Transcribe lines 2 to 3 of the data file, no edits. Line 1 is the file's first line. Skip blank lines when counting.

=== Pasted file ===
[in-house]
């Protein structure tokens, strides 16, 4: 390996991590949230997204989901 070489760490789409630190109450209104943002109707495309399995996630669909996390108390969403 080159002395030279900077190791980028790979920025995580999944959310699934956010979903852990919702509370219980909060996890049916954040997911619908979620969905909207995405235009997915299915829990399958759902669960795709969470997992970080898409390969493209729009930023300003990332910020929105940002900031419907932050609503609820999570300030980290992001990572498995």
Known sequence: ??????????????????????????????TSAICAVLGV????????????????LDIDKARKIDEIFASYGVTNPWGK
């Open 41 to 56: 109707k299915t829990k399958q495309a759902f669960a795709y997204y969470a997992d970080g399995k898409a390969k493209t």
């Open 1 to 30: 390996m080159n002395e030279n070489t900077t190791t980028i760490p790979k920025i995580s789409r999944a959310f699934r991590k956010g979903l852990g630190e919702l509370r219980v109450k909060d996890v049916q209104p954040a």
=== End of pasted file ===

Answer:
């Protein structure tokens, strides 16, 4: 390996991590949230997204989901 070489760490789409630190109450209104943002109707495309399995996630669909996390108390969403 080159002395030279900077190791980028790979920025995580999944959310699934956010979903852990919702509370219980909060996890049916954040997911619908979620969905909207995405235009997915299915829990399958759902669960795709969470997992970080898409390969493209729009930023300003990332910020929105940002900031419907932050609503609820999570300030980290992001990572498995």
Known sequence: ??????????????????????????????TSAICAVLGV????????????????LDIDKARKIDEIFASYGVTNPWGK